Countries Want More Concessions From Miners
September 2006 by StaffBulgaria has followed the recent moves of Mongolia and Venezuela, demanding renegotiation of existing agreements and more concessions from mining companies.
Excerpts from California Mining Journal, our original title, published 50 years ago this month.
There are literally thousands of abandoned wasterock and ore dumps that dot the United States that could hold many tones of strategic metals.
The decision was made to move the dredge intact, a massive undertaking indeed. The goal was to move it only one mile to the Busby’s Chicken Gold Camp, but what a mile that was to be.
For centuries gold has been a symbol of wealth for both individuals and nations. Because of its chemical and physical resistance it has been widely sought after by early explorers whose only motive was to find new sources of gold.
The Washington Department of Fish and Wildlife (WDFW) issued emergency rules without public comment just prior to our publication deadline.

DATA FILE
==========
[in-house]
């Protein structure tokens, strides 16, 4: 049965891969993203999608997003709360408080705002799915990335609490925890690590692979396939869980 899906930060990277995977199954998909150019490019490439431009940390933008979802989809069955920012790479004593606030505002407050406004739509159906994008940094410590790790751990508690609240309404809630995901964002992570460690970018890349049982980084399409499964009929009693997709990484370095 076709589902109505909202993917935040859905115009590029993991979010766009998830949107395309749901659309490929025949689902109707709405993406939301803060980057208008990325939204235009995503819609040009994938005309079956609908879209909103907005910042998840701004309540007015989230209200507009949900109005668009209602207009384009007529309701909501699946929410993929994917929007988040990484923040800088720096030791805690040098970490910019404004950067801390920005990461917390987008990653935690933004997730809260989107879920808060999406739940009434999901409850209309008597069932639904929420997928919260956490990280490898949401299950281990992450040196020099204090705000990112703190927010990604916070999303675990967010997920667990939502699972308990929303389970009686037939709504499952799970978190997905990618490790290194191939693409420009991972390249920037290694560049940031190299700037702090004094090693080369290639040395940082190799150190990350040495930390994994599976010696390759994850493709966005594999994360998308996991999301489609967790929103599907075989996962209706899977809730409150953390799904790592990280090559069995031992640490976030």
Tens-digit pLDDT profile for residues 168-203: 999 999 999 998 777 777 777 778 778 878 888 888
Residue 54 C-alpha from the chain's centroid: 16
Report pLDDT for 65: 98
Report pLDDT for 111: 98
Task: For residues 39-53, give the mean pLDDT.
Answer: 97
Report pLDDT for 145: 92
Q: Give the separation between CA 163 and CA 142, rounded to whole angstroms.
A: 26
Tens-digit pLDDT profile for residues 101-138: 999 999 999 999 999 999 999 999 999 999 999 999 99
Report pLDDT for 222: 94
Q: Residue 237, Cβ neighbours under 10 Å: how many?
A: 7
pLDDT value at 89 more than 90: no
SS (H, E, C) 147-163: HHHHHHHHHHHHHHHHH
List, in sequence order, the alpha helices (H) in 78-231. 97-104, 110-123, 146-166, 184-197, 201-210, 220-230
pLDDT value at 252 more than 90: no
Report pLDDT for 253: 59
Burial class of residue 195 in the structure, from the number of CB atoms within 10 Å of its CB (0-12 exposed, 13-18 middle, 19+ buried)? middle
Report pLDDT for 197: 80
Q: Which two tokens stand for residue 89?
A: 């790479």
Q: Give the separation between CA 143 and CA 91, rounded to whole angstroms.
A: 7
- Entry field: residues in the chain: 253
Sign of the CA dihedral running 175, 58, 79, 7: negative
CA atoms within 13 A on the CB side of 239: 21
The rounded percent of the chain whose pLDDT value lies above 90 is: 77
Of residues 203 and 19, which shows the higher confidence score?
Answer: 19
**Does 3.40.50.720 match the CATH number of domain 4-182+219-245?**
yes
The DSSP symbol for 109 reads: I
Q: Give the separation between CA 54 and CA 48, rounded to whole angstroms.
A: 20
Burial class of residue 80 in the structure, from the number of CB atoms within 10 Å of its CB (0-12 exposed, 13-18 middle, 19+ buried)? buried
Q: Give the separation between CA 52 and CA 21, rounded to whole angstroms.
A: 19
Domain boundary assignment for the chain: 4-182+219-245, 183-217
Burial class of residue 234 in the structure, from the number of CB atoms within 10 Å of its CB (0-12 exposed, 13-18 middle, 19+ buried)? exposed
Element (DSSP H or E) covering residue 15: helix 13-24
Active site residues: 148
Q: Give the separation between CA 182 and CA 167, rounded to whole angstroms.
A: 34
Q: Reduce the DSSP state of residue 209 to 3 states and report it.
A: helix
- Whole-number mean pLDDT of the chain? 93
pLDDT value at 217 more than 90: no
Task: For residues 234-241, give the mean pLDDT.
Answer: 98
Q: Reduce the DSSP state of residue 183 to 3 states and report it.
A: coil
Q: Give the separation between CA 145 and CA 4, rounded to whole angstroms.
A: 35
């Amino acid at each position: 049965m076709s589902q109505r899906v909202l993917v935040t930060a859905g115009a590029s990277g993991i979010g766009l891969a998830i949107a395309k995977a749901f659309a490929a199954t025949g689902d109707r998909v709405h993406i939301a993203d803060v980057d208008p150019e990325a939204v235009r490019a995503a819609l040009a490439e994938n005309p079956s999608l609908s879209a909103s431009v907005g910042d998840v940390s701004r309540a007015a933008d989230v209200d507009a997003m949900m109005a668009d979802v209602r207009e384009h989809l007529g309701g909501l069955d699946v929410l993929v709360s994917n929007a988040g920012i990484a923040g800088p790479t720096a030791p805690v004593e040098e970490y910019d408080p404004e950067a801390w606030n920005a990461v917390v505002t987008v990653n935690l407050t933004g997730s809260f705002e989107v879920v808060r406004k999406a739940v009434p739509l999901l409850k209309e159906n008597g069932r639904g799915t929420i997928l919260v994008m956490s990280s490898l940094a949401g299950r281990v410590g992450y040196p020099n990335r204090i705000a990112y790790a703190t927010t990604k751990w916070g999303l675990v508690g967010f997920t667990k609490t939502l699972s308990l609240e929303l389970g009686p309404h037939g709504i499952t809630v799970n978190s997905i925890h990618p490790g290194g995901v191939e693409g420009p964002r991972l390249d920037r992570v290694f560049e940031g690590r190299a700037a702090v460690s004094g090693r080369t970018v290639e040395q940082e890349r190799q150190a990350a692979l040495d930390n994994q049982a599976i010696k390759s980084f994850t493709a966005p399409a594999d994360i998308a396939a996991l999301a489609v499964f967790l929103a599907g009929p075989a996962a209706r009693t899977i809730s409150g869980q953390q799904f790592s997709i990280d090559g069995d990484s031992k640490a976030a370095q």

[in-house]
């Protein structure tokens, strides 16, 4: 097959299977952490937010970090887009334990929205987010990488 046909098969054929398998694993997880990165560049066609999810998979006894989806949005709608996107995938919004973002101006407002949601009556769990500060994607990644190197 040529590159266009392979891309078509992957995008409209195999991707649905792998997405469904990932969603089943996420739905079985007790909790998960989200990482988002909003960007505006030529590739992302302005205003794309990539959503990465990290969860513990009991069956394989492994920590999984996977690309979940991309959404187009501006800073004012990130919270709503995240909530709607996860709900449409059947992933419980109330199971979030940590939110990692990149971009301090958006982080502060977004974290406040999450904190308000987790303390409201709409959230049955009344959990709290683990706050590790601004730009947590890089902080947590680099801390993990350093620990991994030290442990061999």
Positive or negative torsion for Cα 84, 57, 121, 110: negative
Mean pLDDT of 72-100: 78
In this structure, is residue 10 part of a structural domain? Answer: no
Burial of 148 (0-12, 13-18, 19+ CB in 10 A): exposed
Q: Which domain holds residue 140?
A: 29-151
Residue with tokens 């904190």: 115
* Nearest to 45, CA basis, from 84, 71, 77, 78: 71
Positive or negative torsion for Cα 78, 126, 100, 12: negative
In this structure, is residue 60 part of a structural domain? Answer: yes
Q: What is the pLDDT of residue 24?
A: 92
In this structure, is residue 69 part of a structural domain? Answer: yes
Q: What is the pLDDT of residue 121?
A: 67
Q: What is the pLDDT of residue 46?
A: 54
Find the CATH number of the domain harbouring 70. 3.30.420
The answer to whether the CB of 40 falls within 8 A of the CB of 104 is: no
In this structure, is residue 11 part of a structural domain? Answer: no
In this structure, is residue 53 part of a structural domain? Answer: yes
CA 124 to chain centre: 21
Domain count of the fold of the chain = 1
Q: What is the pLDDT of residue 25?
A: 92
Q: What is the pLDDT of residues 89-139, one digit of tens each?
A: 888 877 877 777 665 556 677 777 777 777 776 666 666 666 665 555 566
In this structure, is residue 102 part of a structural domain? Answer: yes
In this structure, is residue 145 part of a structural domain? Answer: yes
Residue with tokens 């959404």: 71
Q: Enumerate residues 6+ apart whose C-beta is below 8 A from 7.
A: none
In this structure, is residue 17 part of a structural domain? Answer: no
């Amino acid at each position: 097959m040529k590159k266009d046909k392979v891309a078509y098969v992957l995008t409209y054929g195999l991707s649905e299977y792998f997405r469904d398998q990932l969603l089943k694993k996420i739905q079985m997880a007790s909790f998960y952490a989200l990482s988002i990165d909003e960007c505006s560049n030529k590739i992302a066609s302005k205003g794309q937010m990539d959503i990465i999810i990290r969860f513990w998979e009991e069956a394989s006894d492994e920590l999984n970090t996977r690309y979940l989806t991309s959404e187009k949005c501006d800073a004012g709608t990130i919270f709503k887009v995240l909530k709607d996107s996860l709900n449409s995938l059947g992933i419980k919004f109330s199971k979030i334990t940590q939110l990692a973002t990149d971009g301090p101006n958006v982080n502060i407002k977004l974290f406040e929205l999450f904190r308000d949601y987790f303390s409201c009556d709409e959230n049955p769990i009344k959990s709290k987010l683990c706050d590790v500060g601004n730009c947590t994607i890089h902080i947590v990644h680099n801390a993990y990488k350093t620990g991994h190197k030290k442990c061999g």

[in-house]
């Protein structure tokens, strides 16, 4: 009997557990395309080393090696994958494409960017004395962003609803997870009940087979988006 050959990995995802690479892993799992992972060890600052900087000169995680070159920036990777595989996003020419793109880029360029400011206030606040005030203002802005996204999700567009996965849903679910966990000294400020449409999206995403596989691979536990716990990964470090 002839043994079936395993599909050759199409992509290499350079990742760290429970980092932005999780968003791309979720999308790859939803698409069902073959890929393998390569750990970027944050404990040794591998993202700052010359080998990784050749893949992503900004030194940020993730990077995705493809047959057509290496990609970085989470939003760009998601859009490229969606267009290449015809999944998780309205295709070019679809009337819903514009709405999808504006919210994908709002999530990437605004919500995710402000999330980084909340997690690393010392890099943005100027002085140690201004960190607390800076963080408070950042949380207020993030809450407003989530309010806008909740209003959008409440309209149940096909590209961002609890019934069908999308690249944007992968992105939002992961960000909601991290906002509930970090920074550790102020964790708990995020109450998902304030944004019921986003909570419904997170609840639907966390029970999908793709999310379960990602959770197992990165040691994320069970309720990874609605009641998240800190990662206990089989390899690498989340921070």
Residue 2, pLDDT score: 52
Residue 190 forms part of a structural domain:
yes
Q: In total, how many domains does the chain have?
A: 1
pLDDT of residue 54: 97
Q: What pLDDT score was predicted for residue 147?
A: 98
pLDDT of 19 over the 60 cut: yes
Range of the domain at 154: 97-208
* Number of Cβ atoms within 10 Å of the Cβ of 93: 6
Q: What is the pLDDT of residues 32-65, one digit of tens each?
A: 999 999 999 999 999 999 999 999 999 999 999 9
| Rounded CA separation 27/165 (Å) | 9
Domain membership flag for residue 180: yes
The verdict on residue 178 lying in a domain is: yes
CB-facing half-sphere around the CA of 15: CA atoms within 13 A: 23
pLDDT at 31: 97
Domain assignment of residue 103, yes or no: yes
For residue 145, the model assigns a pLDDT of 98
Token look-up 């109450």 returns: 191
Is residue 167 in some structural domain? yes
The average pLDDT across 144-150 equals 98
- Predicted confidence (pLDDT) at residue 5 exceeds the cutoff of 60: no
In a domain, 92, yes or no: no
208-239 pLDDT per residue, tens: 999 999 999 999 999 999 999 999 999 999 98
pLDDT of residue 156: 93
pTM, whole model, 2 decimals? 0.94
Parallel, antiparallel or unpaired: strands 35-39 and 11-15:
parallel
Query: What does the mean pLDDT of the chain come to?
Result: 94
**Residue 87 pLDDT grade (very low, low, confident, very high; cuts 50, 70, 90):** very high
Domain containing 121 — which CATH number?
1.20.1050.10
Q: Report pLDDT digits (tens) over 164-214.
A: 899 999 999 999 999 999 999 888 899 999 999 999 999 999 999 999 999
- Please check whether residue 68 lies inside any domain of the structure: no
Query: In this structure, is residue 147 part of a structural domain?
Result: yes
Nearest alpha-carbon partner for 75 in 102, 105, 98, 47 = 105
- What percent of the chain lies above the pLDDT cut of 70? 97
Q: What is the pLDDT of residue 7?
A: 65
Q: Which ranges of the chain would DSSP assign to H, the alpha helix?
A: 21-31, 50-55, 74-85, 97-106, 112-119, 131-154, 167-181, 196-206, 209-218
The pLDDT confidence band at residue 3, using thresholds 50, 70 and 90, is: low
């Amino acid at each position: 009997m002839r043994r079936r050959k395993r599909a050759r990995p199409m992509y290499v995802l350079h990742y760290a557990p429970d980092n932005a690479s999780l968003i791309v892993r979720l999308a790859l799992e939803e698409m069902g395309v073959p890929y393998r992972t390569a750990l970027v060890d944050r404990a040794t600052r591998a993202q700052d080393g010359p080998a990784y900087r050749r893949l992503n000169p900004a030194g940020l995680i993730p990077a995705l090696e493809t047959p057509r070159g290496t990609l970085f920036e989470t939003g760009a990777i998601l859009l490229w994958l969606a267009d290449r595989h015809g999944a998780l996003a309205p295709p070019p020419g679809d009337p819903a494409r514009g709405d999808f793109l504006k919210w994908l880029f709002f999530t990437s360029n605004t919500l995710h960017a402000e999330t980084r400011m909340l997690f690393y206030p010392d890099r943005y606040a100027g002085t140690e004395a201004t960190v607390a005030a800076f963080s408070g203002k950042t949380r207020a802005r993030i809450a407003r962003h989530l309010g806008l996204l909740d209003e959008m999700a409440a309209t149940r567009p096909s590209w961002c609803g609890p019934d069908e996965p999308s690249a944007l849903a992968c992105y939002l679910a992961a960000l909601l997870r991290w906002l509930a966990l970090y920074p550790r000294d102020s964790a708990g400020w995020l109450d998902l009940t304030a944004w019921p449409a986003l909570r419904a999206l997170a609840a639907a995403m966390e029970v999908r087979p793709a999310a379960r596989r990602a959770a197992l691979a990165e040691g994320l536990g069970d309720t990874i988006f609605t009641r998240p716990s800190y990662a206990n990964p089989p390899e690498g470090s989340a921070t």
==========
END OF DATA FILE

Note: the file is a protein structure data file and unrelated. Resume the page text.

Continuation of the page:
Indians used asphalt from oil seeps in California for caulking boats and other objects long before the white man arrived. Spaniards noted seeps as early as 1542, and the Portola expedition in 1769 used oil for wagon axles and as a fuel. Spaniards also used crude stills for obtaining lamp oil for use in the missions.
Gold prices won't be on the rebound anytime soon, so World Gold Council Chairman John Willson is telling miners they have to eke by with the current depressed value of the metal.
The Bawl Mill • The Yukon-Klondike Goldfields—Part I • New Mine from Century-Old Gold-Silver Bonanza • Solar Powered Placer Equipment • The Treasure Detective—Part III • New Interim Rules For Washington Miners • Detecting for Possible Mid-Range Eluvial Gold • Melman on Gold & Silver